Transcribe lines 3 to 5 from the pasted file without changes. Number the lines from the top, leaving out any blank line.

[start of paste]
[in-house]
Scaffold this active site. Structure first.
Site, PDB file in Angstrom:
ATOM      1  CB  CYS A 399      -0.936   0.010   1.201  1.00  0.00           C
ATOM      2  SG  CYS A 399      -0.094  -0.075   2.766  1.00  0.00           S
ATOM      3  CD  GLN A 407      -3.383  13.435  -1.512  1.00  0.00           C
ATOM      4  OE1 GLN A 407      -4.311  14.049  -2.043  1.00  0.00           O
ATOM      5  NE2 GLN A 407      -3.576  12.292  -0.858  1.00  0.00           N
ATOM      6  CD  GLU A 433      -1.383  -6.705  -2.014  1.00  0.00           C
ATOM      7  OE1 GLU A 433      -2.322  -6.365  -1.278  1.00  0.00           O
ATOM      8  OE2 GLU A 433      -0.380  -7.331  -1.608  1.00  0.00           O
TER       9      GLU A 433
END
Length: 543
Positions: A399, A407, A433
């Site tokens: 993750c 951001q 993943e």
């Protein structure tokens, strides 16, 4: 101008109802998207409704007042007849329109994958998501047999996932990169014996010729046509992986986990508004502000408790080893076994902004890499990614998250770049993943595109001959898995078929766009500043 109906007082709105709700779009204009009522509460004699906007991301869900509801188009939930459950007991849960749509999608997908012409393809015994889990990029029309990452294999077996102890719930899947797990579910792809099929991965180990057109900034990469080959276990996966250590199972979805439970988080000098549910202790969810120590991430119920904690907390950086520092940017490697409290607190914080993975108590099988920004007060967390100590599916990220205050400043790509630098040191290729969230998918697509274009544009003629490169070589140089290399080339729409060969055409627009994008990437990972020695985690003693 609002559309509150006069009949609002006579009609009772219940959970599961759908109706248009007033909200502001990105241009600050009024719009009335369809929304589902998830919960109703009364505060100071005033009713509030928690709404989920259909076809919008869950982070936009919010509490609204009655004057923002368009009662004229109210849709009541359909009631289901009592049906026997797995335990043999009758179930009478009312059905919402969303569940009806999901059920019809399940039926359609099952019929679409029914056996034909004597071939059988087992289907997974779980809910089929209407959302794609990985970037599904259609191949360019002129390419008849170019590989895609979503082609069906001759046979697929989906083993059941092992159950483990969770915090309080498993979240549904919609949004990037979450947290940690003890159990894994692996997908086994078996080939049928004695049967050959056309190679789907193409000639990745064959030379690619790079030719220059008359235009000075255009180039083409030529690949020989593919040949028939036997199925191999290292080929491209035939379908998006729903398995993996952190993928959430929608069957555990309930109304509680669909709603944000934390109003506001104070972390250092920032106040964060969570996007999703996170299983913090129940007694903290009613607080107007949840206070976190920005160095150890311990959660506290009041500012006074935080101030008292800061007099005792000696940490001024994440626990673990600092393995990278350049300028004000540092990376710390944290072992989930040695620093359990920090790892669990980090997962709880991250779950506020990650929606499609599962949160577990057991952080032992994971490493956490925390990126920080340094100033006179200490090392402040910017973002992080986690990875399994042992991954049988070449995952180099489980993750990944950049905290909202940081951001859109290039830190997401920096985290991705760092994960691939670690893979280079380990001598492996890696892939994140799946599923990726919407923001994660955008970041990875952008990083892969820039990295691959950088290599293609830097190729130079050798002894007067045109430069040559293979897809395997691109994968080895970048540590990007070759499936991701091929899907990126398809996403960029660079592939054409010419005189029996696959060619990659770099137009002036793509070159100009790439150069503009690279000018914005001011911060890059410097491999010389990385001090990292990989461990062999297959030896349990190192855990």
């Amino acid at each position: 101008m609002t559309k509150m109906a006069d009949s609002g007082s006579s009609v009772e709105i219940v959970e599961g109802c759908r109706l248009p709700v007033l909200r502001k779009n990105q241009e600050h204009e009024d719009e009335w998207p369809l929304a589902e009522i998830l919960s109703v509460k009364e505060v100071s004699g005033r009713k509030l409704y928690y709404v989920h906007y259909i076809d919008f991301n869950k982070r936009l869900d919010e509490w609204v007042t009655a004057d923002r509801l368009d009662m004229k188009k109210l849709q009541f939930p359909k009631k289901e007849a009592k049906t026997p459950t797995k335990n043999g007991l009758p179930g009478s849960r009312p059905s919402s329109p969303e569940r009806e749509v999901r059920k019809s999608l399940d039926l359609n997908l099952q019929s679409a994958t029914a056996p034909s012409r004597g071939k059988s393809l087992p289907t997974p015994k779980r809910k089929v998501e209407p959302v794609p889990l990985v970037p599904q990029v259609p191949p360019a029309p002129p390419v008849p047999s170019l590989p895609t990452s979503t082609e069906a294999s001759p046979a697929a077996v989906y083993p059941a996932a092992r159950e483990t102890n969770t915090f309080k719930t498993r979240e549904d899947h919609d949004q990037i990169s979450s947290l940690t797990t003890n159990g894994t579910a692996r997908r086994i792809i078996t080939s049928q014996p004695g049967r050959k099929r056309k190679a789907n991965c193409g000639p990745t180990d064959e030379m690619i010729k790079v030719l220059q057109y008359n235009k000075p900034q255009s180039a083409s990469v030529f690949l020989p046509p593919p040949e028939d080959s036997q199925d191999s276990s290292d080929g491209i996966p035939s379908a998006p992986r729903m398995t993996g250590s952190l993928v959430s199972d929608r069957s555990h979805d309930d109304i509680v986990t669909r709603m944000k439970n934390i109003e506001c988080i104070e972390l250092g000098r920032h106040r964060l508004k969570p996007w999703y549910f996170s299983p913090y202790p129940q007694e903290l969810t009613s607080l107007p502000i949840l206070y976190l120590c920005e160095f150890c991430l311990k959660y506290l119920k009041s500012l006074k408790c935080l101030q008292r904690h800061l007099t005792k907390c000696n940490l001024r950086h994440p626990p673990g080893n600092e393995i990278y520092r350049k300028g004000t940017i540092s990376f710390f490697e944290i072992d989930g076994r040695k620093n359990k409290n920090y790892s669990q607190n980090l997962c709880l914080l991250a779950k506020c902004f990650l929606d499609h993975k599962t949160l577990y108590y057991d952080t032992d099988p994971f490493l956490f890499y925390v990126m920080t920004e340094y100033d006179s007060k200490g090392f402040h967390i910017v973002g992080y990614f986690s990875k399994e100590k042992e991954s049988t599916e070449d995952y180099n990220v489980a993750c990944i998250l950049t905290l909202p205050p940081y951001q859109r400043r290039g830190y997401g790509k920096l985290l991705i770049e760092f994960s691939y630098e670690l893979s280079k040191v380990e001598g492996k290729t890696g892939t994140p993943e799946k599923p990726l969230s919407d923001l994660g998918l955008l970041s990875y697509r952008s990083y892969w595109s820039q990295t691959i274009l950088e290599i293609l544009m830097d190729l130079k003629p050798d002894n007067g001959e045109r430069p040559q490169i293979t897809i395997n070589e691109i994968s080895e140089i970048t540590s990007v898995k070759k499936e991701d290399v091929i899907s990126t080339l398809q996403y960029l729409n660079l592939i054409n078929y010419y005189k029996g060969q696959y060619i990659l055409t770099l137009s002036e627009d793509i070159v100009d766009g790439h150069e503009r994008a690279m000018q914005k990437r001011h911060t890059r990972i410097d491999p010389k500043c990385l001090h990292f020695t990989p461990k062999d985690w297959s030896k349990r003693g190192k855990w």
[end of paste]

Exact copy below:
Site, PDB file in Angstrom:
ATOM      1  CB  CYS A 399      -0.936   0.010   1.201  1.00  0.00           C
ATOM      2  SG  CYS A 399      -0.094  -0.075   2.766  1.00  0.00           S